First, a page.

I have a 13, a 15, and a 19. And when I brought those pistols into the house -because I spent about five months learning to twirl the pistols – they were constantly handling them, trying to twirl them, putting the belt on. It was mayhem.
One of them saw it last night. The middle one was going to see it, but he had a paper due. And then I have one who’s off in Ohio at Oberlin, in college. And so he’s going to see it in New Orleans.
In the 90s, correct me if I’m wrong, you didn’t go out for that many comedic roles prior to working with the Coens?
Well, let’s see. I did Heavyweights. I did Nora Ephron’s first movie, which is a comedy. It was a mix, I guess. In the 90s, I was just begging for anybody who would have me. Literally, I was just, anything, anyone who would meet with me. I just went.
And the next thing you know, you’re representing Coens at their funniest, at their most uproarious. How must that have felt?
Yeah. It was, you know, like I have been fortunate like so many others, who they’ve drawn into their world. You think about Steve Buscemi and John Turturro and Philip Seymour Hoffman. Actors who interested them. Who weren’t necessarily, before the Coens became interested, interesting to anyone.
I know that was the case for me. I’d done about a dozen movies at that point, but had to beg and, you know, I spent ten years acting in theater and begging for parts on screen. And doing commercials, and anything that I could get. But because they’re so unconventional, they end up being drawn to people who you wouldn’t necessarily expect to see in movies. And so, I got my chance.
You sure did. I would feel like watching films like O BROTHER and BUSTER SCRUGGS, it would be easy for you to just turn yourself off to the fact that you’re watching yourself on screen and just watch the movie. Because they’re so damn good.
I just marvel at the filmmaking. Because since I also direct my own movies, I know how difficult it is to accomplish what they do. And the precision of every moment, the timing, the lighting, the wardrobe, the mastery of every aspect of what goes into a story told with pictures and sound. When it’s directed and written by them, it’s at a rare level that few others accomplish.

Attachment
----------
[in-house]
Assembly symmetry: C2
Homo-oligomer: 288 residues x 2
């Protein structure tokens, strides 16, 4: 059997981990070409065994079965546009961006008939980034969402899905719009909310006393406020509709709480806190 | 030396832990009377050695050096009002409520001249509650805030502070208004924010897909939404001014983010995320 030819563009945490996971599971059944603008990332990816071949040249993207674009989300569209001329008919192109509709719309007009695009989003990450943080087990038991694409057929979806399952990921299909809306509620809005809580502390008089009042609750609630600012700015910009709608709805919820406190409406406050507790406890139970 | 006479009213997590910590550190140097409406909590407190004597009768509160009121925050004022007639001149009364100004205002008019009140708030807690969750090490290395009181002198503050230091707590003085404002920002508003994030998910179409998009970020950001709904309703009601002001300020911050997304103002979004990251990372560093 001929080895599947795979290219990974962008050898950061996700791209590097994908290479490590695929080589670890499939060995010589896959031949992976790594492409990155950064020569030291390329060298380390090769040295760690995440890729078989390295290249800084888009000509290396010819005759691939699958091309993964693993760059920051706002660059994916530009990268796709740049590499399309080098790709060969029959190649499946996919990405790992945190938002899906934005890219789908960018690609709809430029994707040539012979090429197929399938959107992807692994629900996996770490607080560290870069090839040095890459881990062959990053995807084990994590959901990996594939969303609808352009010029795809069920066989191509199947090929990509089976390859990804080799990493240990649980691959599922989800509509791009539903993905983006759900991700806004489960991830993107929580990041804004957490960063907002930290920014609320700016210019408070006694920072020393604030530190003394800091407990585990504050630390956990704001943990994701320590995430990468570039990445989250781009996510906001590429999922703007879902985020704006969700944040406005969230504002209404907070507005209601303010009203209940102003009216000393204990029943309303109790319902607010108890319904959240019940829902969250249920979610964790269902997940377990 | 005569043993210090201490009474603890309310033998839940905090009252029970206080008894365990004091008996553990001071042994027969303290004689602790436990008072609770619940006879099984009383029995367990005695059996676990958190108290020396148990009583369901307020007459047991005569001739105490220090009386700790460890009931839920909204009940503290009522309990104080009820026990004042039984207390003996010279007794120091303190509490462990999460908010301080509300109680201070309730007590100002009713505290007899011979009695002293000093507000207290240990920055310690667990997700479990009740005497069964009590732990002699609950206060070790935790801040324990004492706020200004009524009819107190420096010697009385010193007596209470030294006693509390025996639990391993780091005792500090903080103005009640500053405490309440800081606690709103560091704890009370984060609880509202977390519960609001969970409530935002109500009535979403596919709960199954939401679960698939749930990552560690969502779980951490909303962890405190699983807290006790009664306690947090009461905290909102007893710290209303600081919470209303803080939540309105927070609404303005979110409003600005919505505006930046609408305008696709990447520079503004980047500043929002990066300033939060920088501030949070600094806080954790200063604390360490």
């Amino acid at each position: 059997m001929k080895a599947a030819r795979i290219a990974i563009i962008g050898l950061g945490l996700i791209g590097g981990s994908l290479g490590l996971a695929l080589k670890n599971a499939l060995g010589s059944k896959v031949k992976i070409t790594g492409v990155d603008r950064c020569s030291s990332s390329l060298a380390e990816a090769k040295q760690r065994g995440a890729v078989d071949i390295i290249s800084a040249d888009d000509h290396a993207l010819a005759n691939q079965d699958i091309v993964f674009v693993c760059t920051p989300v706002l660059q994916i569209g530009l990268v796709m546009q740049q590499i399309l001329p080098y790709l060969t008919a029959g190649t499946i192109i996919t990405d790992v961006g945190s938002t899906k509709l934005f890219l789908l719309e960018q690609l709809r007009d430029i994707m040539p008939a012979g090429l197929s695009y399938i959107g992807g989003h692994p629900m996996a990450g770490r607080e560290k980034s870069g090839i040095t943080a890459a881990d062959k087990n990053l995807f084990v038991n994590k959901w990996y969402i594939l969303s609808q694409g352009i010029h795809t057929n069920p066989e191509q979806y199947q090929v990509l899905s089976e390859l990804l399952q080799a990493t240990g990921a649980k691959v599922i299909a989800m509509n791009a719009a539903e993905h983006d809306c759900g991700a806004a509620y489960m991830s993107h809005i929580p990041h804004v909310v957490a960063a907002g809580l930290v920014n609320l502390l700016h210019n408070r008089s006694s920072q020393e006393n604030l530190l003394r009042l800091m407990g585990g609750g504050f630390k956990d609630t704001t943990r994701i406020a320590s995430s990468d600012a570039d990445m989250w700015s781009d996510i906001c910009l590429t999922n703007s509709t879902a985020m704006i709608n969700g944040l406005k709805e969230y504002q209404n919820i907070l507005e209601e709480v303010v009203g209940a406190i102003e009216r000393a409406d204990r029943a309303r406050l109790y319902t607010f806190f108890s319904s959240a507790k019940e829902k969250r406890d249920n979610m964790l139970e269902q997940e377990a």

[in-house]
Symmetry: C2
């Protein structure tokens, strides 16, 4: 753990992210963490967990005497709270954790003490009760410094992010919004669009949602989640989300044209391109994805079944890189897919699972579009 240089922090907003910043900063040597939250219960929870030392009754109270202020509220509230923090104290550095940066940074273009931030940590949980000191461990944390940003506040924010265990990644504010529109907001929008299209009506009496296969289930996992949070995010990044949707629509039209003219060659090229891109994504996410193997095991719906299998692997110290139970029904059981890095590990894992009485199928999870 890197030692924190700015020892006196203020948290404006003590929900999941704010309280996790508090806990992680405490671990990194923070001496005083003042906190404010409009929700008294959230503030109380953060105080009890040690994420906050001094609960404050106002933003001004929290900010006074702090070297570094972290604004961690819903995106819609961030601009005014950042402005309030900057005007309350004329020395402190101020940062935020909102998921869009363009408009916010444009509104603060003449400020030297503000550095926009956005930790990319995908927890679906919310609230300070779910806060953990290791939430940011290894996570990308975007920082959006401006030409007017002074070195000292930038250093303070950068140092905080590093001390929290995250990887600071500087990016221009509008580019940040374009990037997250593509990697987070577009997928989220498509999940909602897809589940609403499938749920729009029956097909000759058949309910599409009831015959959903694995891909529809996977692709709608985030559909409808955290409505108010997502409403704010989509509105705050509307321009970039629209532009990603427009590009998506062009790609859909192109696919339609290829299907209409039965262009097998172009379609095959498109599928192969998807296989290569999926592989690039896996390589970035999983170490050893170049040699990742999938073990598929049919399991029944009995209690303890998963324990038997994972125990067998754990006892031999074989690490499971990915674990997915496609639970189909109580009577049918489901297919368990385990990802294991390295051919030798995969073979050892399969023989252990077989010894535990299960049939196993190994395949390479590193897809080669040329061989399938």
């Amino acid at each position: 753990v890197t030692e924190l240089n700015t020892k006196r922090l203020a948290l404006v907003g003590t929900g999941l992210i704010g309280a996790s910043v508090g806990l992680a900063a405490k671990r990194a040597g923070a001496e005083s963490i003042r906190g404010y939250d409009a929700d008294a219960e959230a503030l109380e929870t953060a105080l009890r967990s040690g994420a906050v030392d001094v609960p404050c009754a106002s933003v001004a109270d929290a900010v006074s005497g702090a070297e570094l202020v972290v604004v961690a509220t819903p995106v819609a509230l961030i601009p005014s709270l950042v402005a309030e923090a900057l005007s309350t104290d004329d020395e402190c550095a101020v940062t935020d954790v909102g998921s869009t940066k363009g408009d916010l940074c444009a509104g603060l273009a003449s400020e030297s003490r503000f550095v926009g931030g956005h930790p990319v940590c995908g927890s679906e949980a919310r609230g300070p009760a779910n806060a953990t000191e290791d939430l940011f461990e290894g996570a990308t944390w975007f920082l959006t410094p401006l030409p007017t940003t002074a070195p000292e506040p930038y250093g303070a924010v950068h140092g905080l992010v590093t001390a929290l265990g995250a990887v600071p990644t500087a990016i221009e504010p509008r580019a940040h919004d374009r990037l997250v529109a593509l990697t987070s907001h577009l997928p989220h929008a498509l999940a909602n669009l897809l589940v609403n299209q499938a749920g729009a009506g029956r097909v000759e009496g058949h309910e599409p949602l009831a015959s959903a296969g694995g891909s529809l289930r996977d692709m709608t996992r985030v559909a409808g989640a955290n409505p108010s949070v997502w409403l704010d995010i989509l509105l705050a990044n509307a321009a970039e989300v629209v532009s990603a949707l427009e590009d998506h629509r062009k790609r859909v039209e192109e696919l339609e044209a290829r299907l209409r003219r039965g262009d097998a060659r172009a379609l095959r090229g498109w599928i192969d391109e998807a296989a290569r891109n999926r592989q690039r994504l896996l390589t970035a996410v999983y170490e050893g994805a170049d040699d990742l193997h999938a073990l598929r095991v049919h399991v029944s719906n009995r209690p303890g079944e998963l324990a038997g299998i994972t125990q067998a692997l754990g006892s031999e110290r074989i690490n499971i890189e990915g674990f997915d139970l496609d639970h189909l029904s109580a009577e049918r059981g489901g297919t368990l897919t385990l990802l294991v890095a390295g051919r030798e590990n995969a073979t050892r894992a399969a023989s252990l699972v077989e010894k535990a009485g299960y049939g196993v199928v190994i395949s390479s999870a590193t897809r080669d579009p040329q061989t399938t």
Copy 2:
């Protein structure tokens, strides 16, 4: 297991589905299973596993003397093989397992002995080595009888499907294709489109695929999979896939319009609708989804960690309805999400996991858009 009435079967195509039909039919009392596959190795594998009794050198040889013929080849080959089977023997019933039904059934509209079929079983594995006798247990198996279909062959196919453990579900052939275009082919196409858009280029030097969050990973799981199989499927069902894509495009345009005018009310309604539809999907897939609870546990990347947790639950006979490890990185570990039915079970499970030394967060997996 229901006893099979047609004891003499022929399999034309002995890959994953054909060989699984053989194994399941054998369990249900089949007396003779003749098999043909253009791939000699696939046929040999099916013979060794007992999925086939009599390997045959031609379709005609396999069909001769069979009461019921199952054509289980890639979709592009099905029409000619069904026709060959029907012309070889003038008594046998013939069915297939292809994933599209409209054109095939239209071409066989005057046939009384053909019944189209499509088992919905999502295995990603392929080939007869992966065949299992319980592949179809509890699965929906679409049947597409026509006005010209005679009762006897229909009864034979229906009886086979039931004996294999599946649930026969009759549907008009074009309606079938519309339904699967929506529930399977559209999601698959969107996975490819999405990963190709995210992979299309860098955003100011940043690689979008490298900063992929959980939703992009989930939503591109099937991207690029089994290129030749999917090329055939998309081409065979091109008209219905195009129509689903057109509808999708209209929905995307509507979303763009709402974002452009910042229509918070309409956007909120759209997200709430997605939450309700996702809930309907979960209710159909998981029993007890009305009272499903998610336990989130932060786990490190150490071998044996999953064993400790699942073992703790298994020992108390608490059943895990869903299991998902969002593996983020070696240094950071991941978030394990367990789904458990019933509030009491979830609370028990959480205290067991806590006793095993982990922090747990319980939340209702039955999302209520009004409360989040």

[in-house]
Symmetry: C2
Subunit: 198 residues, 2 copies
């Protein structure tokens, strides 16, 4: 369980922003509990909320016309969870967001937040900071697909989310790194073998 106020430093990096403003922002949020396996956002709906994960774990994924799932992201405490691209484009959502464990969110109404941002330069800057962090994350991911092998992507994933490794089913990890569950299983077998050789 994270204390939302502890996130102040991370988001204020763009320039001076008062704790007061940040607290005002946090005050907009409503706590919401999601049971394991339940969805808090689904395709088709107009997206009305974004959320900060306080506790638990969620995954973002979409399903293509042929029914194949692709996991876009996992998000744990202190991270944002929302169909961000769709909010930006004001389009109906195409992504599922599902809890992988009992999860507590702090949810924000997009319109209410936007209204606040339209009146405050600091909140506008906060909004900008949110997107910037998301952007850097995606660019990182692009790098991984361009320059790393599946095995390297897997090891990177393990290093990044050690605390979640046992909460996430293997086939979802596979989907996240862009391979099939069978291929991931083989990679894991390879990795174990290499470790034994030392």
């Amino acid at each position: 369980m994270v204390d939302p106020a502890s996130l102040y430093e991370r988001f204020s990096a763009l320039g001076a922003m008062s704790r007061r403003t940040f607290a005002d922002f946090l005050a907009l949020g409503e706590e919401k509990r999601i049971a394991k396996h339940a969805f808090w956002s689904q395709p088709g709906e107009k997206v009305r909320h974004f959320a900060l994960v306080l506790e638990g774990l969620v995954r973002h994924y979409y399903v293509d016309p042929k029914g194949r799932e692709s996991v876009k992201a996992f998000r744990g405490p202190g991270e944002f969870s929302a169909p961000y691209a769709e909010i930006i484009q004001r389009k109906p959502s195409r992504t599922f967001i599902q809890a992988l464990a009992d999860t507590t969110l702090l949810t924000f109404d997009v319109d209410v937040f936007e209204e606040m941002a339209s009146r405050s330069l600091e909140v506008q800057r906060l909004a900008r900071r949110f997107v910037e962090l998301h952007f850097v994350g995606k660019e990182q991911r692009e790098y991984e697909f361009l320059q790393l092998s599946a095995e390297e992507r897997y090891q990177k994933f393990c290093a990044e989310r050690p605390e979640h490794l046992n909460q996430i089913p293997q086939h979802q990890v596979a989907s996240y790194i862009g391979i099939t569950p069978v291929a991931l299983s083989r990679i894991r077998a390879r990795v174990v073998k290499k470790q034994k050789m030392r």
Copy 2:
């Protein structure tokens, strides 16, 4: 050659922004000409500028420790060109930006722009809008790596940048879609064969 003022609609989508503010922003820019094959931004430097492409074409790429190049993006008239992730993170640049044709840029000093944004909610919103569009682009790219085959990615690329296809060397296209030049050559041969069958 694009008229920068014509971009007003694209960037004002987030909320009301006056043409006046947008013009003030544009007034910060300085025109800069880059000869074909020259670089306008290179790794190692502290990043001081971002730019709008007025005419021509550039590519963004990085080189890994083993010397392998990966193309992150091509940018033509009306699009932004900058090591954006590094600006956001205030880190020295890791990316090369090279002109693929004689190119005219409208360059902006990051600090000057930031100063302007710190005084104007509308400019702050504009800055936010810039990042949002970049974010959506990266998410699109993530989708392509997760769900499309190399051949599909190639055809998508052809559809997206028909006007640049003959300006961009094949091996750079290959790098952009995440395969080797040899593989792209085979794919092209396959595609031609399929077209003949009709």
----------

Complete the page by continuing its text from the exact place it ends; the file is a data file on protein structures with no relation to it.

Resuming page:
Do you happen to have a favorite joke in either or both of your Coen films?
Well, I always laugh in O Brother at the line, “I’ll only be 82.” That just, when I read it, and realized that I would get to say that, I just couldn’t … and I laugh every time I see the movie. I thought about, as the day approached where I got to say that to George and John, I just couldn’t wait to say it. And then I laughed. I laugh every time. That’s a great line they wrote.
And I guess in this one, I like when he says, “Calls for reflection.” And Joel said, “Well just dig your finger in your ear when you’re saying that.“
There are some exceptional visual gags in your segment. Was it green screen heavy?
The only green screen in there at all was when I fly into heaven.
Can you reveal the magic behind the table’s loose board?
That’s me kicking it and it’s just a loose board. And I luckily have this other movie coming out, it’s actually premiering at the New Orleans Film Festival right before Scruggs that doesn’t have distribution yet, called Don Quixote.
Right! Congratulations! Wow, that’s playing in New Orleans?
Well, that’s where we shot it.
And I had to do a headstand in that movie. And so, I did about five months of yoga. So, when Joel said, you’ve got to be as still as you can and knock that slat on the table, I was able to do it just because I’d been doing yoga for five months. Really, there’s no digital anything in there, other than, of course, the gunshot and the brains flying out of his head.
Of course. So tell me about the ghost town! Where did you shoot? Did it feel like you were in a classic Western on set?
Yeah. It just felt like a … well, as Ethan described it, it felt like a western set more than it felt like a western town. And of course, that’s exactly what they wanted.
Right. Because you open with the fictitious western.
Before things get a little more outwardly existential.
So, how long was the shoot?
Mine was about two weeks.
A twenty page script?
Yeah. I think it’s 19 pages.
Was there one day when you just went to bed thinking, ‘Ah, what a day I just had?’
A lot of the days. Because he was in every section. The dance… that was the trying day. We tinkered with it, and I’d been rehearsing it for a couple of weeks.
But I did five months of prep for this movie for those twenty minutes. And so, I was ready. I was ready. I didn’t want to show up and bungle anything. You don’t want to do that with Joel and Ethan. Not because they’re difficult or strict, it’s just because they’re so generous and decent that you don’t want to disappoint them.
What would you say you spent the majority of that prep doing?
Learning to play the guitar. From scratch. Learned to play chords.
At 53, it’s impressive. As you get older, it becomes harder to learn shit… And then the pistol twirling. It was a daily routine, playing and twirling in the house.
Did you stick with the guitar?
A little bit. I strum it now and again.